how can i know that PSU i am using is sufficient for my pc..

Discussion in 'Windows 7 Hardware' started by jasdeep, Feb 12, 2012.

  1. jasdeep

    jasdeep New Member

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    Hi all,
    I am new at this..actually few months back i assembelled my pc on my own..my pc configration is:
    graphic card:ATI radeon 5660
    1 TB HD
    8GB RAM
    eXtreme Power Plus 460W (120mm fan) PSU.
    Windows 7
    i7 processor...
    DVD writer
    The problem i facing is now whenever i turn ON my pc...my room light starts fluctuating...
    What does this mean???? Why it is happening after So many months...
    When i listen at the back of PSU, while my pc turned ON... A very low clicking sound is coming..which i assume is the reason for this fluctuation...how can it be verify or corrected.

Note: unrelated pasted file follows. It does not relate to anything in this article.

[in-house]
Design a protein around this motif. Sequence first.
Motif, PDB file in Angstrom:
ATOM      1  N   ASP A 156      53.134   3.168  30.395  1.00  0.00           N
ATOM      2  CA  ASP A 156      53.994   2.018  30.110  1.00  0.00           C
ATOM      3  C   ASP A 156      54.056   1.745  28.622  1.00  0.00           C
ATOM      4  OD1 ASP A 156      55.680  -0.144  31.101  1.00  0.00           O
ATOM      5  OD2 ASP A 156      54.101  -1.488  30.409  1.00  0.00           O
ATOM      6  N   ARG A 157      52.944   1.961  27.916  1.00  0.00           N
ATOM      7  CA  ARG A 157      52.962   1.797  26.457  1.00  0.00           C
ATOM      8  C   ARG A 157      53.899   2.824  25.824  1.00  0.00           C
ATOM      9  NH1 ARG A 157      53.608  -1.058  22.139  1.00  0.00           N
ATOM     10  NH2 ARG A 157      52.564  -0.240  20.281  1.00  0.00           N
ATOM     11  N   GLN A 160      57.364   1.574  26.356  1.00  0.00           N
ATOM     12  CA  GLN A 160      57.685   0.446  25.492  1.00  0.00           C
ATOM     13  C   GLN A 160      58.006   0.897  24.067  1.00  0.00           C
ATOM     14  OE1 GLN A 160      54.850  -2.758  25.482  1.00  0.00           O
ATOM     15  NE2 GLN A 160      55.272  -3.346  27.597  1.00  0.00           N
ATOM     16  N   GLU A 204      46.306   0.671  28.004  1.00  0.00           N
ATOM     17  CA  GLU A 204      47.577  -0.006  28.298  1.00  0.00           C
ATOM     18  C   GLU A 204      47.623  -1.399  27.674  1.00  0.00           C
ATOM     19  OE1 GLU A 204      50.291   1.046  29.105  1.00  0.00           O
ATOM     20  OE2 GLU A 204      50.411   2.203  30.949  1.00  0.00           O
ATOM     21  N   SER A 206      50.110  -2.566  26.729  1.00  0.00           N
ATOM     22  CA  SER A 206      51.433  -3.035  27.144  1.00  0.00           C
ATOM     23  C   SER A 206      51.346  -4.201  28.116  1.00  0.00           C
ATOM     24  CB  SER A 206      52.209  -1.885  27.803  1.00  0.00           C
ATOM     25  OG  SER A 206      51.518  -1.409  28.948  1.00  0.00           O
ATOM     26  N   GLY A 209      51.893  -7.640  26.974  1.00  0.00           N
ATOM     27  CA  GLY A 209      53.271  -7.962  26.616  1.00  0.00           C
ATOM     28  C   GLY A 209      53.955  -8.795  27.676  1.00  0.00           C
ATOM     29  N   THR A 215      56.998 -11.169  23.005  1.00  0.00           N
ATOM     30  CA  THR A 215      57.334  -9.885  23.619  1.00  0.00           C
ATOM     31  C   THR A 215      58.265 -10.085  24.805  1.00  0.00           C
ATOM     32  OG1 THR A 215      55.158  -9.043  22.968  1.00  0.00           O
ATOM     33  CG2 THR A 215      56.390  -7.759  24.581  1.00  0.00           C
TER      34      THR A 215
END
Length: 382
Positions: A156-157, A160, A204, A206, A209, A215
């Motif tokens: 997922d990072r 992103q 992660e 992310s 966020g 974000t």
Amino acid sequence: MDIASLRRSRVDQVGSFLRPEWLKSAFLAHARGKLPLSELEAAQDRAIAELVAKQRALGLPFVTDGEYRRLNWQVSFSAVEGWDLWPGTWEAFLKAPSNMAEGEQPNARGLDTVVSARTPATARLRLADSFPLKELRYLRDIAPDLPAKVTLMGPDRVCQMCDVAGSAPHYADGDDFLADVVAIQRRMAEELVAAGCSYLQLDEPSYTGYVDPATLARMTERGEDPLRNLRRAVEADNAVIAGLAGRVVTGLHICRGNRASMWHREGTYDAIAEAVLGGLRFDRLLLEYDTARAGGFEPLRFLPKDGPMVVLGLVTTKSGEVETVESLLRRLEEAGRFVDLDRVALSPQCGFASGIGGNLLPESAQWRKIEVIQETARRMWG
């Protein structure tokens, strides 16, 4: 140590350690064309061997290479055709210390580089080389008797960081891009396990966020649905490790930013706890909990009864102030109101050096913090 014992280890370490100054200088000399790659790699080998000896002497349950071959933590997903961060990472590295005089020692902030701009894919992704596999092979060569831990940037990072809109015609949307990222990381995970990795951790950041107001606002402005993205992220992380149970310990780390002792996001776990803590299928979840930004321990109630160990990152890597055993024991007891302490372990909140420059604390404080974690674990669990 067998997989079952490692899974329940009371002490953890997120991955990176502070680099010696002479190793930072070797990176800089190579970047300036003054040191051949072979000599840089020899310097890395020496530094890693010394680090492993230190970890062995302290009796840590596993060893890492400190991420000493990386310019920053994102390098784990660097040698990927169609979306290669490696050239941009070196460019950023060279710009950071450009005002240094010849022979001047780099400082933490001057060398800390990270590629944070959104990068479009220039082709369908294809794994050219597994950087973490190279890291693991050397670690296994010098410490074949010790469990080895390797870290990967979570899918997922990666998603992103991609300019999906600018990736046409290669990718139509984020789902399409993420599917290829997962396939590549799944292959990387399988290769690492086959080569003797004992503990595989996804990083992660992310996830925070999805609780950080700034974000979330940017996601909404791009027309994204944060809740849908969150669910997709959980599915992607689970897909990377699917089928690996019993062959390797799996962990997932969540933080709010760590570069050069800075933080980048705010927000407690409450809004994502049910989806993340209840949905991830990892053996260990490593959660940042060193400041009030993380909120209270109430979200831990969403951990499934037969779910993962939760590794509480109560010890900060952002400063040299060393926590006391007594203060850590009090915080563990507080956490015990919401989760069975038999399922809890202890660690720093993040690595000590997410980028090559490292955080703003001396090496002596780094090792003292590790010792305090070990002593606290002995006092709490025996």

2. bassfisher6522

    bassfisher6522 Essential Member

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    Google PSU calculators, that should give you an idea on the wattage needed.
     
  3. jasdeep

    jasdeep New Member

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    I have used eXtreme Outer Vision - eXtreme tools for computer enthusiasts - this google calculator...

    and after filling some of its feilds known to me.. it gives me recommended power-435 watts and minimum PSU watt-385watts...

    is this results fine???

    i am already using 460 watts PSU...

    If it is fine then whymy room lights keep fluctuating while i work on my pc...
     
    #3 jasdeep, Feb 12, 2012
    Last edited: Feb 12, 2012
  4. Mike

    Mike Windows Forum Admin
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    If the lights in your room are flickering, you have too much connected into one power outlet. If the LED on your computer is flickering it is your hard drive.